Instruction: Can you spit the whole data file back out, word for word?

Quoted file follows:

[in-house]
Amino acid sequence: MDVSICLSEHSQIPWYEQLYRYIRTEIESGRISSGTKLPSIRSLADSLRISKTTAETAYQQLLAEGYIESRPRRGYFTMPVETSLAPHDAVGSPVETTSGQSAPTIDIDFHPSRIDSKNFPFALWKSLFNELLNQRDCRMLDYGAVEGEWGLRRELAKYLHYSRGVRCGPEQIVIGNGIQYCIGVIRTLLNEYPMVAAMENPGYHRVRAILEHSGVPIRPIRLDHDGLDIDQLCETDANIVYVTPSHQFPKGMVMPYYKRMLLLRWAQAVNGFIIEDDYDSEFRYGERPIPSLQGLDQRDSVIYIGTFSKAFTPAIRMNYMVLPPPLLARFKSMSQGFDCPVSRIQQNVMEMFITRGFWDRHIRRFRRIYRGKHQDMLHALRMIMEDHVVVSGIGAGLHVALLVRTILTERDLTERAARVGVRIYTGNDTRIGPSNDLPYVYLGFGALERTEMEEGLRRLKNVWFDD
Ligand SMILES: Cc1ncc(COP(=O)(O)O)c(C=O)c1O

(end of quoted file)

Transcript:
[in-house]
Amino acid sequence: MDVSICLSEHSQIPWYEQLYRYIRTEIESGRISSGTKLPSIRSLADSLRISKTTAETAYQQLLAEGYIESRPRRGYFTMPVETSLAPHDAVGSPVETTSGQSAPTIDIDFHPSRIDSKNFPFALWKSLFNELLNQRDCRMLDYGAVEGEWGLRRELAKYLHYSRGVRCGPEQIVIGNGIQYCIGVIRTLLNEYPMVAAMENPGYHRVRAILEHSGVPIRPIRLDHDGLDIDQLCETDANIVYVTPSHQFPKGMVMPYYKRMLLLRWAQAVNGFIIEDDYDSEFRYGERPIPSLQGLDQRDSVIYIGTFSKAFTPAIRMNYMVLPPPLLARFKSMSQGFDCPVSRIQQNVMEMFITRGFWDRHIRRFRRIYRGKHQDMLHALRMIMEDHVVVSGIGAGLHVALLVRTILTERDLTERAARVGVRIYTGNDTRIGPSNDLPYVYLGFGALERTEMEEGLRRLKNVWFDD
Ligand SMILES: Cc1ncc(COP(=O)(O)O)c(C=O)c1O